Self-justification is a horrible flaw! Through it we do things we are convinced we would never do. It is amazing to see what evil we are capable of doing when we reason we are right. In the unwavering conviction that we are correct, we yield to ungodlike thoughts and behavior, fully believing we are justified in the way we act.
God rejected King Saul as being the source of a dynasty in Israel because he was a rebellious man whose heart did not belong to God (see 1 Samuel 15:10, 11; 20; 22, 23). When God selected Saul to be Israel's first king, Saul was a humble man who was both handsome and tall (1 Samuel 9:2). When God selected David to be Israel's second king, God stressed the heart rather than the physical appearance (see 1 Samuel 16:1, 7; Luke 16:15; Acts 13:22). The criteria for God's purposes exceeded the criteria of people's desires. For God's purposes, an obedient heart is more important than a royal physical appearance.
David demonstrated a courageous obedience many times prior to becoming Israel's king. Twice he spared King Saul's life because his heart belonged to God (see 1 Samuel 24:2-7 and 26:6-12). Perhaps nothing shows the folly of self-justification versus a heart that belongs to God as does David's conversation with Abigail. An insulted David was blinded by rage until Abigail reminded him that he had never killed to avenge himself. When Abigail reminded David of his heart commitment, David stopped being led by his emotions.
Unfortunately, later, as King of Israel, David had no one to remind him of his heart in the incident with Bathsheba and Uriah. Again, David was led by his emotions (physical desires) rather than his heart relationship with God. He, unfortunately, was surrounded by "yes men" who sought to please the king. Thus he invited Bathsheba to come to him, committed adultery with her, and soon learned that she had conceived as a result of his adulterous act. David immediately acted in self-interest, not in God-interest.
Bathsheba was a married woman. Her husband, Uriah, was valiantly serving David in David's army. David attempted twice to cover his adultery by having Uriah go to Bathsheba. When David's attempts failed because Uriah proved to be more honorable than David, David had Uriah carry his own death orders to Joab. When Uriah died as a contrived act of war, David quickly took Bathsheba to be his wife.
The incident had passed. David's deed was history--perhaps forgotten since it was "successfully" covered. However, to God, it was not covered. The consequences of the act were in the present and in the future.
Two factors are obvious when Nathan told his parable. (1) Injustice could still enrage David. Though he was guilty of unthinkable injustice, the injustices of others infuriated him. How often our flaws seen in others make us angry, unreasonable people! (2) David's evil acts were acts against God, not just acts against Uriah as a husband and soldier. David was responsible for Uriah's death (though he did not kill him)! David took his wife! However, more important than that, David represented God. He had despised God because his acts were evil. God's enemies had reason to rejoice because of David's evil acts!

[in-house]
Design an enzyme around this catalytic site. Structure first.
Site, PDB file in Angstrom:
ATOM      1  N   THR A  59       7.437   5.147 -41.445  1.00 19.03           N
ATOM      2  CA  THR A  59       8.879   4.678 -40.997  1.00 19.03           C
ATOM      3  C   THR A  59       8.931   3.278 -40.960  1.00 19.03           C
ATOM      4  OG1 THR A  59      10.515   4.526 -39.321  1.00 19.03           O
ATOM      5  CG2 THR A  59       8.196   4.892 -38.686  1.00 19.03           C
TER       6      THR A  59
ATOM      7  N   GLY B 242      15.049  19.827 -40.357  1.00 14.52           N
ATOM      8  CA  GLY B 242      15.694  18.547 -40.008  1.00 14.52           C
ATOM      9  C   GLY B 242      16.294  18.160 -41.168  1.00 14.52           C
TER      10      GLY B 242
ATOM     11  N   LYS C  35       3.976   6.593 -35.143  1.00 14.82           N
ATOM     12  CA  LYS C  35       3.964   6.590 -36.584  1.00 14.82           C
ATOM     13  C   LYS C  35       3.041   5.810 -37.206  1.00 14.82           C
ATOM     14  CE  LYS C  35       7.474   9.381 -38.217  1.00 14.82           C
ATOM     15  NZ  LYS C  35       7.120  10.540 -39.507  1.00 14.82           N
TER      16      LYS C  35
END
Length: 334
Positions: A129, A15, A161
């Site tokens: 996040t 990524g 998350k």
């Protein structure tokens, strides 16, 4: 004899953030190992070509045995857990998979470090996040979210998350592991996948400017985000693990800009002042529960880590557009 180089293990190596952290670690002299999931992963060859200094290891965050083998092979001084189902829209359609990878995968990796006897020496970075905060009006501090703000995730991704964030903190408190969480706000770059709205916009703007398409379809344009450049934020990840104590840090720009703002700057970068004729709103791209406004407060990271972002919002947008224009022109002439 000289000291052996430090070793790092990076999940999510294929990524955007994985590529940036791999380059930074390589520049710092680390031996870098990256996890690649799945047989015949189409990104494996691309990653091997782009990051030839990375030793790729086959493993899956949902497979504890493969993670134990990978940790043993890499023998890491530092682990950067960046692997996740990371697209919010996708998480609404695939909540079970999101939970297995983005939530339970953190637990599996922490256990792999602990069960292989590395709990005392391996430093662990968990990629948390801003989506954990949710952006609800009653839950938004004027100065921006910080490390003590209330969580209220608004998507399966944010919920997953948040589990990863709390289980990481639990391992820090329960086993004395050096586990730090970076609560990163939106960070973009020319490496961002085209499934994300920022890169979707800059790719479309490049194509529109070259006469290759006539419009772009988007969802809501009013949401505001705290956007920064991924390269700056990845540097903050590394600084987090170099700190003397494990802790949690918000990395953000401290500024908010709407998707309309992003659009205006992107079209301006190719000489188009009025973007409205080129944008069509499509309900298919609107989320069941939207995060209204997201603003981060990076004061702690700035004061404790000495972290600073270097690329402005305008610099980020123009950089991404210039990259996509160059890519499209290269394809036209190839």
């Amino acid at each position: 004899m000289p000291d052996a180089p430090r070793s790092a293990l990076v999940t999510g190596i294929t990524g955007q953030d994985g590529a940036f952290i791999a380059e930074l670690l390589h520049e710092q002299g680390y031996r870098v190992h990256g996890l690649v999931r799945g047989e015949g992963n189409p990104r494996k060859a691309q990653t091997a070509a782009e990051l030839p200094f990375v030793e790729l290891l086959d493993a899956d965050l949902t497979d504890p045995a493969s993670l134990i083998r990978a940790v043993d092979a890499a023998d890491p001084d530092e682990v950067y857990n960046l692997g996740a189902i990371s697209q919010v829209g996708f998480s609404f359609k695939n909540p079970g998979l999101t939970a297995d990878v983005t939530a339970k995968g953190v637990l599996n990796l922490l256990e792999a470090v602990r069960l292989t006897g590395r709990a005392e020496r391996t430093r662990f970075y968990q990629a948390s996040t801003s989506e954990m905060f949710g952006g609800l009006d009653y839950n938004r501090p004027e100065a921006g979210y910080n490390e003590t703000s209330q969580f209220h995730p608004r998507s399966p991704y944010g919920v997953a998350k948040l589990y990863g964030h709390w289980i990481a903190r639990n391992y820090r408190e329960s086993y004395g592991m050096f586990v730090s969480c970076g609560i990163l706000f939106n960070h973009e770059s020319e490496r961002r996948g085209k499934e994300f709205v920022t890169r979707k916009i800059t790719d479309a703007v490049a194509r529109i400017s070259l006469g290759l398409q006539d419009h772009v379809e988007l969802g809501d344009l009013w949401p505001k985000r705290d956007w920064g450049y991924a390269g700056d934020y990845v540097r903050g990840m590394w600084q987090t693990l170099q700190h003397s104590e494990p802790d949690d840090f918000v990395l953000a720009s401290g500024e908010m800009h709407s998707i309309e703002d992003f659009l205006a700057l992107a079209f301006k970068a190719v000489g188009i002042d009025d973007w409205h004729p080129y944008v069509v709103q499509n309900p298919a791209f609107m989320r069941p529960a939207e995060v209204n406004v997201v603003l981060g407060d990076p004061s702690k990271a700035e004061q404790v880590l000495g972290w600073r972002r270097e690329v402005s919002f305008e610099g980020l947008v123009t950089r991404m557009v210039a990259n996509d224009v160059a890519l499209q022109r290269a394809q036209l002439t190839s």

What is the difference in Saul's rebellion against God and David's rebellion against God? (1) Initially, in Saul's rebellion Saul insisted that he did obey God (1 Samuel 15:20, 21). When Saul finally admitted he sinned, he was as concerned about being honored before the elders of Israel as he was about worshipping God (1 Samuel 15:30). (2) David immediately saw and confessed he was a sinner. He immediately understood that his acts offended the Lord, even beyond being offenses against Bathsheba and Uriah (2 Samuel 12:13).
David's heart belonged to God. Repentance demanded he accept responsibility for what he did. Instead of justifying what he did, he accepted responsibility for what he did.
Please notice that having a heart that belongs to God does not demand perfection. It demands the responsibility of repentance. Note the distinction between repentance and self-justification. (1) From Saul, the kingdom was torn (1 Samuel 15:28). For Saul, there would be no lineage who would be Israel's kingly dynasty. God's promise to Abraham would not be fulfilled by his family. The Messiah (Christ) would not come to our world through Saul's descendants. (2) David was forgiven. His sin (not the consequences of his sin) was taken away. By law, David and Bathsheba deserved to die (see Leviticus 20:10; 24:17). David was ready to accept the personal consequences of his sin. That is why Nathan told him he would not die. While violence would not depart from his family, while he would be publicly humiliated, God would fulfill His promise to Abraham through David's descendants. The Messiah would come through David's generations. David's legacy would be a bright spot in Israel's history.
If you are convinced you have God figured out, remember these things. (1) David was allowed to keep Bathsheba as his wife. (2) Bathsheba's son was called Jedidiah by God--meaning "loved by God." (3) That son, better known as Solomon, became Israel's third king.
Give your heart to God. Be willing to repent. Remind yourself of repentance's power by reading Luke 15.
For Thought and Discussion
Link to Teacher's Guide Lesson 11
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